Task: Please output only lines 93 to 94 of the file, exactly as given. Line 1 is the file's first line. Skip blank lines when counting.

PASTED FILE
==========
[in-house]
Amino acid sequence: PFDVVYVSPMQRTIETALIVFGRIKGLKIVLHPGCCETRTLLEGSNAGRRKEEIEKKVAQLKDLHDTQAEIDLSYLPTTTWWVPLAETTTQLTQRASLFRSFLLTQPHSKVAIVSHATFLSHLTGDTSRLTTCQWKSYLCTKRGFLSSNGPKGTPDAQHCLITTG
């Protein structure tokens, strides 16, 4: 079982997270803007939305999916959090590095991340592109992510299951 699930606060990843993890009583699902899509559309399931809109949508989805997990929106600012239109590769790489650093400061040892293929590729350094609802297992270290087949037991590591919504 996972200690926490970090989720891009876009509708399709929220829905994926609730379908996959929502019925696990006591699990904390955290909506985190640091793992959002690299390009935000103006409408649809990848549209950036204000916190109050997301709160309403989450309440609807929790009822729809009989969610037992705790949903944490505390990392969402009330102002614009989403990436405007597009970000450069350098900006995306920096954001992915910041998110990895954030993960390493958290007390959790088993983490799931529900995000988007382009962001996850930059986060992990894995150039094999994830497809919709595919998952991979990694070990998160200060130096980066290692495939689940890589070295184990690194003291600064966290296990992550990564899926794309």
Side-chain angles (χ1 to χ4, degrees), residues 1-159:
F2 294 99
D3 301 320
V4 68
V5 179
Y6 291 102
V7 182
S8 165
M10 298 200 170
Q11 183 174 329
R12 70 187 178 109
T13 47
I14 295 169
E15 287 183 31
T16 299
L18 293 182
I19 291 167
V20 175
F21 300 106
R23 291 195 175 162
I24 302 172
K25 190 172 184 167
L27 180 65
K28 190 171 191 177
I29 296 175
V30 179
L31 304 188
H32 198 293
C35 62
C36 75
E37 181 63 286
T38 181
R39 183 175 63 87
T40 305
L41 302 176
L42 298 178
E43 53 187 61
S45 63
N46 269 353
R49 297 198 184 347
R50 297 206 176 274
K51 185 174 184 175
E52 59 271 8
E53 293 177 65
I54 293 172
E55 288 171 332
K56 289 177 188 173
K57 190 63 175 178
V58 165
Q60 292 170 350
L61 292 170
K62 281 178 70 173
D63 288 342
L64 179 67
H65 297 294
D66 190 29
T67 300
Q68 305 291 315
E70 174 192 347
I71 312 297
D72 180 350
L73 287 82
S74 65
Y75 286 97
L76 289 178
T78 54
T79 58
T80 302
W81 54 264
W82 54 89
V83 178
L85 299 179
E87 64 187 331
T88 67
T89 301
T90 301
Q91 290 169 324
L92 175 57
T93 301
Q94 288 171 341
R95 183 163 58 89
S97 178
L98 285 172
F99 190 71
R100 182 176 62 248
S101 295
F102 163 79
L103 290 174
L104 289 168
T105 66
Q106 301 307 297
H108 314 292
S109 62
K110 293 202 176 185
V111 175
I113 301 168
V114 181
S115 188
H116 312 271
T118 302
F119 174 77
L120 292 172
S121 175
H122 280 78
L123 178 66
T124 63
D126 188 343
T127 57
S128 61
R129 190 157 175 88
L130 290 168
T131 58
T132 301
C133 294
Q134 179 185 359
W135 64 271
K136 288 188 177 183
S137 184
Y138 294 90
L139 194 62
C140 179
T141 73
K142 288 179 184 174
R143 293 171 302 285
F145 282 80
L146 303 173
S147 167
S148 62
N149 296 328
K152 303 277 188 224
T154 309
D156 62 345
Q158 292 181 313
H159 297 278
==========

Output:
T105 66
Q106 301 307 297